Photo: Aaron Marsh/ Fleet Owner
Choosing paths in trucking | Rearview mirror clear but path forward blurrier

The importance of building a career path

July 5, 2018
Building career paths will not only help with your recruiting efforts, it will help ensure business continuity.

The people shortage in the trucking industry has reached epic proportions. Not only are we short of drivers and technicians, but we also are having trouble attracting people to other aspects of our businesses as well.

In researching what it takes to attract millennials to the work place, we have learned that they expect potential employers to lay out a clear career path for them. They want to see how they can expect to progress throughout an organization during their tenure.

Unlike Baby Boomers and Gen Xers, who felt if they worked hard good things would happen to them and they would move up in an organization, millennials want to know that you have given some thought to their place in your business going forward. If they don't see a way to advance within your company, chances are they are not going to come work for you.

And while that is a very good reason to make sure you develop career paths for new employees, it is only half the story.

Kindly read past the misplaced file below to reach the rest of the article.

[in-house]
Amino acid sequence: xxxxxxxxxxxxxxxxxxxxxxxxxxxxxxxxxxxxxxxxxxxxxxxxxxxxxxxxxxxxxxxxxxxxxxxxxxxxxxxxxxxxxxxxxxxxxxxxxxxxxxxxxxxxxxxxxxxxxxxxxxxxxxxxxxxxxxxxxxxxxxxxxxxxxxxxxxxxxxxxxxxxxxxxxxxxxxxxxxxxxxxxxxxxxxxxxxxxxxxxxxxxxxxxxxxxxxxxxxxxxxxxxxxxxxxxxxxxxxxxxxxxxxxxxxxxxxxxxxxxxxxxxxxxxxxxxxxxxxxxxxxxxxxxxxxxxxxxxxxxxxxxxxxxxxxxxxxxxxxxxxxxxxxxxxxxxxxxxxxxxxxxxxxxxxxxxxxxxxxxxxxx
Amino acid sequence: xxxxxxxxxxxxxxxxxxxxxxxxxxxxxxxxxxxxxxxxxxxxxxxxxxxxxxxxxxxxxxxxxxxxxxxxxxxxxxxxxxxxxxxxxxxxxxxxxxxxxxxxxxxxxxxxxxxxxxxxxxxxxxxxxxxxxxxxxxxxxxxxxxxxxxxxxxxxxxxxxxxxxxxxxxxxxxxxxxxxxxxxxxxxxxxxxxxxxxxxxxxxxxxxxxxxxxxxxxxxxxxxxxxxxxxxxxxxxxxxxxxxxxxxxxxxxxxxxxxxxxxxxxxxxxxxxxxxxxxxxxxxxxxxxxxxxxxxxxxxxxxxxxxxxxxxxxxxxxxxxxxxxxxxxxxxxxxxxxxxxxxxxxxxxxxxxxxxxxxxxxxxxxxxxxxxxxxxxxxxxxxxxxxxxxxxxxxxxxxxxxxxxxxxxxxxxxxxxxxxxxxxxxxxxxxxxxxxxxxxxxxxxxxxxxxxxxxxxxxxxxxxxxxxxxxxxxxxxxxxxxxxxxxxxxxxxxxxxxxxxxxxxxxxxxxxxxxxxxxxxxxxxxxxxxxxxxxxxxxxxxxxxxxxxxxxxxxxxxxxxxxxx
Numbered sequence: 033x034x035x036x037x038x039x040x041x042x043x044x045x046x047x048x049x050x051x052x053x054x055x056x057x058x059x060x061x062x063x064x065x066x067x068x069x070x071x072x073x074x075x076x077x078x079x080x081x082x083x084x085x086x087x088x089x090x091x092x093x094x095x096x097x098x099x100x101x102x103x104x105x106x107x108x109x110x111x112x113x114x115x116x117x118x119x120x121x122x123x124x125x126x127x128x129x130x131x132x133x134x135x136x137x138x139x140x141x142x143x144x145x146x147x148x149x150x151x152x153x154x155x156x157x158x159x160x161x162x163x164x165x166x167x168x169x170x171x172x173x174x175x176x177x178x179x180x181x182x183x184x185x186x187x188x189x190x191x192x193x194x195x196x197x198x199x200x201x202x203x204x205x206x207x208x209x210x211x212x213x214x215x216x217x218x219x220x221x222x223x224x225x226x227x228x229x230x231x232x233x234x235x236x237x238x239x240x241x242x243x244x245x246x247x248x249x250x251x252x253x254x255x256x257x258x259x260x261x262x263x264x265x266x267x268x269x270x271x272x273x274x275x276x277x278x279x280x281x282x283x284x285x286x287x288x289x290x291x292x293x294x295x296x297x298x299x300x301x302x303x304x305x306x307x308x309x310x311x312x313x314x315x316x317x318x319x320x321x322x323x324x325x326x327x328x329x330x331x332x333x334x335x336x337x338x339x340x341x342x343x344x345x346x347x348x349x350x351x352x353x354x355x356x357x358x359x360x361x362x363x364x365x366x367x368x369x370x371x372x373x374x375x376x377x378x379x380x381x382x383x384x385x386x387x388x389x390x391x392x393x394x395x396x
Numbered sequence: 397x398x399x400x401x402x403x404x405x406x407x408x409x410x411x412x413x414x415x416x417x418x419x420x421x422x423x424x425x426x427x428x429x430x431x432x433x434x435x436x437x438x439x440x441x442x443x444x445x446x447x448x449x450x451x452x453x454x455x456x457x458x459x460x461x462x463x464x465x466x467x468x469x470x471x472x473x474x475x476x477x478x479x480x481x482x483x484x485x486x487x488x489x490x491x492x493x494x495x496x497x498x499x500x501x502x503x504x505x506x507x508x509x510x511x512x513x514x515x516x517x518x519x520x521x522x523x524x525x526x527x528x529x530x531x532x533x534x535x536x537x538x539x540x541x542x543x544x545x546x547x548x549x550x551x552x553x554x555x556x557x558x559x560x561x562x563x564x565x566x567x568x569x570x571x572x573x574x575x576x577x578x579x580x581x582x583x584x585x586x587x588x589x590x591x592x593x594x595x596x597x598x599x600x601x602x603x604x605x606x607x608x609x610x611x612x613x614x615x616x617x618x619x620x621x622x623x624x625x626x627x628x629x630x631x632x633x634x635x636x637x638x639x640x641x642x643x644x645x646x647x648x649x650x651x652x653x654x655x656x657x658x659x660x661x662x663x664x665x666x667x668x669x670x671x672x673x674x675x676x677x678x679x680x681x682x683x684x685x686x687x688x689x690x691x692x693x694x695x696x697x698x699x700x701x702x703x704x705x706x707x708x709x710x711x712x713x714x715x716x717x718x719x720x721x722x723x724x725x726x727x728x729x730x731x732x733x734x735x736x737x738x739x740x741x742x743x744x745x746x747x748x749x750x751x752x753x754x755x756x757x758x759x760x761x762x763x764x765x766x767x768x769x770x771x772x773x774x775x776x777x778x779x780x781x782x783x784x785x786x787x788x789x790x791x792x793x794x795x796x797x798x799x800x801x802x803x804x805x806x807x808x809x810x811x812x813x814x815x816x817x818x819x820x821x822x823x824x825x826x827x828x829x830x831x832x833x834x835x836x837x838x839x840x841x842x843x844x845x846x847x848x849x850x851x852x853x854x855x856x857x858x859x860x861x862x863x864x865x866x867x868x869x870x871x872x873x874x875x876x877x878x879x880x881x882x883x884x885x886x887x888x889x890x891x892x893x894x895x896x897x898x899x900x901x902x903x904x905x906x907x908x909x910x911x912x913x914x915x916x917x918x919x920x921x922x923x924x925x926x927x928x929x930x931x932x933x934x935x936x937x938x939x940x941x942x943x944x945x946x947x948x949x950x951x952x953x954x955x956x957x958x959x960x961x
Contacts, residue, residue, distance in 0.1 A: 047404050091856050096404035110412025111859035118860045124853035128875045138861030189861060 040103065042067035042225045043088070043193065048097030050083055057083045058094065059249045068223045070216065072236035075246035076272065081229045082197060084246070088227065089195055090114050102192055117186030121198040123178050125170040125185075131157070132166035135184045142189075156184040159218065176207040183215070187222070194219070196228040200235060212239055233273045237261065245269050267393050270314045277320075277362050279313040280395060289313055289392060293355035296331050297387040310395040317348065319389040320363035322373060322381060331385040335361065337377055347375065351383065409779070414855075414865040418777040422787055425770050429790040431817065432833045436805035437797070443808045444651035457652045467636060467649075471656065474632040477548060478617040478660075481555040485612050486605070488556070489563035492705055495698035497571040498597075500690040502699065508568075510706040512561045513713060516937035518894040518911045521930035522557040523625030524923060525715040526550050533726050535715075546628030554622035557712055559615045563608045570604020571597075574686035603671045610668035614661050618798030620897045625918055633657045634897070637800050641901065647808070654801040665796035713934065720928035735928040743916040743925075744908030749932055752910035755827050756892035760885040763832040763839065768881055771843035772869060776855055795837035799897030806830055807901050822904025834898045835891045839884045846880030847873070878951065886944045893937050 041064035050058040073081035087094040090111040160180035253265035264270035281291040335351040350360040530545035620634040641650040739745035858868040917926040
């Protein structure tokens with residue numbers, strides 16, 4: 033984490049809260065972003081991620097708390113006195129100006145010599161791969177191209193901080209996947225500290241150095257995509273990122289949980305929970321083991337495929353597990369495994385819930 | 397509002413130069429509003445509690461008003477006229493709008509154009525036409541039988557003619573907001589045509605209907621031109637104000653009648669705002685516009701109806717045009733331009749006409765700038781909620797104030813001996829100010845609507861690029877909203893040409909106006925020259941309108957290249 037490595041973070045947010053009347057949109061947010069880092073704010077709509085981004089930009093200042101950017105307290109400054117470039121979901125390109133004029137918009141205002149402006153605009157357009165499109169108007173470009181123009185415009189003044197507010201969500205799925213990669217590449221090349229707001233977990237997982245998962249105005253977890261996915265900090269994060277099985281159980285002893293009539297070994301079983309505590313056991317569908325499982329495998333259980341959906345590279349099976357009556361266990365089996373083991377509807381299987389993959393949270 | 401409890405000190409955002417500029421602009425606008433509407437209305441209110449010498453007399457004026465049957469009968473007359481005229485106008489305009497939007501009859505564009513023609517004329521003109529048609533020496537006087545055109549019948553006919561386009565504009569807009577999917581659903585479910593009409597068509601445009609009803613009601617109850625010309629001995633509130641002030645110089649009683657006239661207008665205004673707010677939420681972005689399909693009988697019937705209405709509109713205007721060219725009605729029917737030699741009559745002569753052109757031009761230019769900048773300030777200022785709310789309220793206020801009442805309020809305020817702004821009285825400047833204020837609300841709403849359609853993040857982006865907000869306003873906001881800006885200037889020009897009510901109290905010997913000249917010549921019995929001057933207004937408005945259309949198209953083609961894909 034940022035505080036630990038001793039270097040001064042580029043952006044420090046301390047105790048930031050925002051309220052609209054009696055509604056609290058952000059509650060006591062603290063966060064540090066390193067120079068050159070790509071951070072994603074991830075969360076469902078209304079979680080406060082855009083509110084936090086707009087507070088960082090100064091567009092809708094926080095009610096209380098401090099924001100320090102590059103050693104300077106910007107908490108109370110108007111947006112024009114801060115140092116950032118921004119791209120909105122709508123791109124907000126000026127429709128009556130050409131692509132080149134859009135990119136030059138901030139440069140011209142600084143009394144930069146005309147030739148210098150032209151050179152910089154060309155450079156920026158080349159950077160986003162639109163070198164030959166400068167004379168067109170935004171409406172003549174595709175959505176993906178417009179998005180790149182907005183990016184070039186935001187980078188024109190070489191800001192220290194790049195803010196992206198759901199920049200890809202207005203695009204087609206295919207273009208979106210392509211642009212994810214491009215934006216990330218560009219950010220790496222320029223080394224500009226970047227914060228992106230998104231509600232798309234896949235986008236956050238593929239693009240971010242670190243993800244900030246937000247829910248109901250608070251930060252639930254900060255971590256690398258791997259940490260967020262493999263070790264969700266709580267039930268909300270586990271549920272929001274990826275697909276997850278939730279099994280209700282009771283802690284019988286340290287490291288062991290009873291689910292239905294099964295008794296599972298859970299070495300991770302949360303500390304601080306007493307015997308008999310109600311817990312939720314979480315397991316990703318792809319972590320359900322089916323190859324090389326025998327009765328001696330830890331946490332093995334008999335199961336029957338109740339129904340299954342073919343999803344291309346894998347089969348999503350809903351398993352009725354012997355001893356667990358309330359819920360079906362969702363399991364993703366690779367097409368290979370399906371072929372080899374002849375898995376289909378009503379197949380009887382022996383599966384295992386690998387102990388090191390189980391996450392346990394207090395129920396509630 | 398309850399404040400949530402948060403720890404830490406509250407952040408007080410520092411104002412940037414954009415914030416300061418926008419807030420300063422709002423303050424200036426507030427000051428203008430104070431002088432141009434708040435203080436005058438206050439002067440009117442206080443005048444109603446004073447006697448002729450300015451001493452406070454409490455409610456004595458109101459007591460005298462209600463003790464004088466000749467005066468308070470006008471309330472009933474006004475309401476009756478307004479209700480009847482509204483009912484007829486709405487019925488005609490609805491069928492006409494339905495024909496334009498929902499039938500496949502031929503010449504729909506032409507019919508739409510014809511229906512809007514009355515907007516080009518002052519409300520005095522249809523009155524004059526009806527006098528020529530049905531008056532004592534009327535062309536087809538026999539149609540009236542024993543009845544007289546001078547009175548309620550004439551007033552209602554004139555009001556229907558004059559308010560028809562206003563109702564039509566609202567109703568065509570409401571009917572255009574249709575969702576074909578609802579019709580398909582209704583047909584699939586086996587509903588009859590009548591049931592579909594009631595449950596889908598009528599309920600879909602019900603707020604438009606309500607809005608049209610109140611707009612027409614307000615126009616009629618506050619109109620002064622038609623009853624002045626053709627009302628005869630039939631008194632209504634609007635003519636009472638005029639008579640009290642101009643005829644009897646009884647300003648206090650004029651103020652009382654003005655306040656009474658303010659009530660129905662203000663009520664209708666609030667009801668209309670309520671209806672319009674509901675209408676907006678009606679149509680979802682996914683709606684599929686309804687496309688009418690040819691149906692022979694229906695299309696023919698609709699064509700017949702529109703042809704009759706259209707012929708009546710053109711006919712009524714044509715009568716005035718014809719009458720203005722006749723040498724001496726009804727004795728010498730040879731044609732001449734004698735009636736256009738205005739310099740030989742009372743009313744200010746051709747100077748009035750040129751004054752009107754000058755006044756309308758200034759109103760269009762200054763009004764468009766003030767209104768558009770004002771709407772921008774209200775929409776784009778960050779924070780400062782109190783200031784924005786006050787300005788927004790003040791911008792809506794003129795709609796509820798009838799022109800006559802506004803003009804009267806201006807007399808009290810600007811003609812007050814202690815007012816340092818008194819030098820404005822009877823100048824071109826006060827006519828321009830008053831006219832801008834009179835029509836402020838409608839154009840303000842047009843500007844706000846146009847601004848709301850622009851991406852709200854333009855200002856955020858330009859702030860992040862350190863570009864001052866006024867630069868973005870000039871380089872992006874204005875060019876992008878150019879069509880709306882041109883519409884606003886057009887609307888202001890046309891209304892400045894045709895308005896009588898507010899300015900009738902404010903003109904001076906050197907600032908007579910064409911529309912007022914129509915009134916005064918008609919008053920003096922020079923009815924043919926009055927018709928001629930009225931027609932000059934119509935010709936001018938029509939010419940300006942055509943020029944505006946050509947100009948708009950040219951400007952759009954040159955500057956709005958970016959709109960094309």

The other half has to do with the continued viability of your business. If you don't start training people now to take over management roles in the future, what is going to happen when current managers—who are very likely at the end of their careers—retire?

Can you afford to have a void of leadership in any area of your business? Sure, there are more technicians than there are service managers, so you probably are focusing your recruiting efforts on finding techs.

However, you need to start identifying techs who have the potential to be managers five or 10 years from now. And then develop a plan to make sure they get the training and education they need to make that leap.

It is not critical initially that you have a perfectly laid-out plan. But you do need at least an idea of what you think each new employee can accomplish and how you see him or her growing within your organization. At some point, as your initial assessments confirm that an employee has growth potential, you will need a detailed plan for their ascension to a management or supervisory position to ensure they will be successful. 

Building career paths will not only help with your recruiting efforts, it will help ensure business continuity—and that is worth whatever effort it will take to put those plans together.

About the Author

Jane Clark | Senior VP of Operations

Jane Clark is Senior Vice President, Operations for NationaLease. Prior to joining NationaLease, Jane served as Area Vice President for Randstad, one of the nation’s largest recruitment agencies, and before that, she served in management posts with QPS Companies, Pro Staff, and Manpower, Inc.

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